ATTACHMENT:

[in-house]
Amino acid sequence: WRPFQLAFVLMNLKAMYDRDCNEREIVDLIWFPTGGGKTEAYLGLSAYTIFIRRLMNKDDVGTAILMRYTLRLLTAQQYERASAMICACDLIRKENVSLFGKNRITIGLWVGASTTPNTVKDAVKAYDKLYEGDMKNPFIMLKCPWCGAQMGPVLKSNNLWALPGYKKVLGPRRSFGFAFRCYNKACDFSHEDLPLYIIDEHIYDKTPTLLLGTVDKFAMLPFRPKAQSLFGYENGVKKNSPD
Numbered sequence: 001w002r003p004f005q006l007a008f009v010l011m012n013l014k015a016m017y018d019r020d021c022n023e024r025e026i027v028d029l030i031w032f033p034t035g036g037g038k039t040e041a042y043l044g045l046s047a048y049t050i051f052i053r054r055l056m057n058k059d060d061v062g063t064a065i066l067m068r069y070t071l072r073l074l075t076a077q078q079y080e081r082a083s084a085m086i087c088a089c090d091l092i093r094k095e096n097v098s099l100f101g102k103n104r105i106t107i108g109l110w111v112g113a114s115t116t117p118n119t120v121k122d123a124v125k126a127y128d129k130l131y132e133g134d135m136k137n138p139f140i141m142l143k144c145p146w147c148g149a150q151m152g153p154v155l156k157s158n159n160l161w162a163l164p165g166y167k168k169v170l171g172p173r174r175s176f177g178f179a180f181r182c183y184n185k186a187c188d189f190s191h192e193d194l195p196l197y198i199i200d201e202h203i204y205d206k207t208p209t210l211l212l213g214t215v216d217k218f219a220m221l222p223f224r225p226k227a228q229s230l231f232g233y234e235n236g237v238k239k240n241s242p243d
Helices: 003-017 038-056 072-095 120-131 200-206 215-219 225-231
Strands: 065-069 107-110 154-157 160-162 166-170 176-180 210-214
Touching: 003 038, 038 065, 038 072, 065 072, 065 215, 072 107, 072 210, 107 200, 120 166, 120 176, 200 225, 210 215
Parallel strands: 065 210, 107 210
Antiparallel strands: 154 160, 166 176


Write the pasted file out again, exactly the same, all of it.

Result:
[in-house]
Amino acid sequence: WRPFQLAFVLMNLKAMYDRDCNEREIVDLIWFPTGGGKTEAYLGLSAYTIFIRRLMNKDDVGTAILMRYTLRLLTAQQYERASAMICACDLIRKENVSLFGKNRITIGLWVGASTTPNTVKDAVKAYDKLYEGDMKNPFIMLKCPWCGAQMGPVLKSNNLWALPGYKKVLGPRRSFGFAFRCYNKACDFSHEDLPLYIIDEHIYDKTPTLLLGTVDKFAMLPFRPKAQSLFGYENGVKKNSPD
Numbered sequence: 001w002r003p004f005q006l007a008f009v010l011m012n013l014k015a016m017y018d019r020d021c022n023e024r025e026i027v028d029l030i031w032f033p034t035g036g037g038k039t040e041a042y043l044g045l046s047a048y049t050i051f052i053r054r055l056m057n058k059d060d061v062g063t064a065i066l067m068r069y070t071l072r073l074l075t076a077q078q079y080e081r082a083s084a085m086i087c088a089c090d091l092i093r094k095e096n097v098s099l100f101g102k103n104r105i106t107i108g109l110w111v112g113a114s115t116t117p118n119t120v121k122d123a124v125k126a127y128d129k130l131y132e133g134d135m136k137n138p139f140i141m142l143k144c145p146w147c148g149a150q151m152g153p154v155l156k157s158n159n160l161w162a163l164p165g166y167k168k169v170l171g172p173r174r175s176f177g178f179a180f181r182c183y184n185k186a187c188d189f190s191h192e193d194l195p196l197y198i199i200d201e202h203i204y205d206k207t208p209t210l211l212l213g214t215v216d217k218f219a220m221l222p223f224r225p226k227a228q229s230l231f232g233y234e235n236g237v238k239k240n241s242p243d
Helices: 003-017 038-056 072-095 120-131 200-206 215-219 225-231
Strands: 065-069 107-110 154-157 160-162 166-170 176-180 210-214
Touching: 003 038, 038 065, 038 072, 065 072, 065 215, 072 107, 072 210, 107 200, 120 166, 120 176, 200 225, 210 215
Parallel strands: 065 210, 107 210
Antiparallel strands: 154 160, 166 176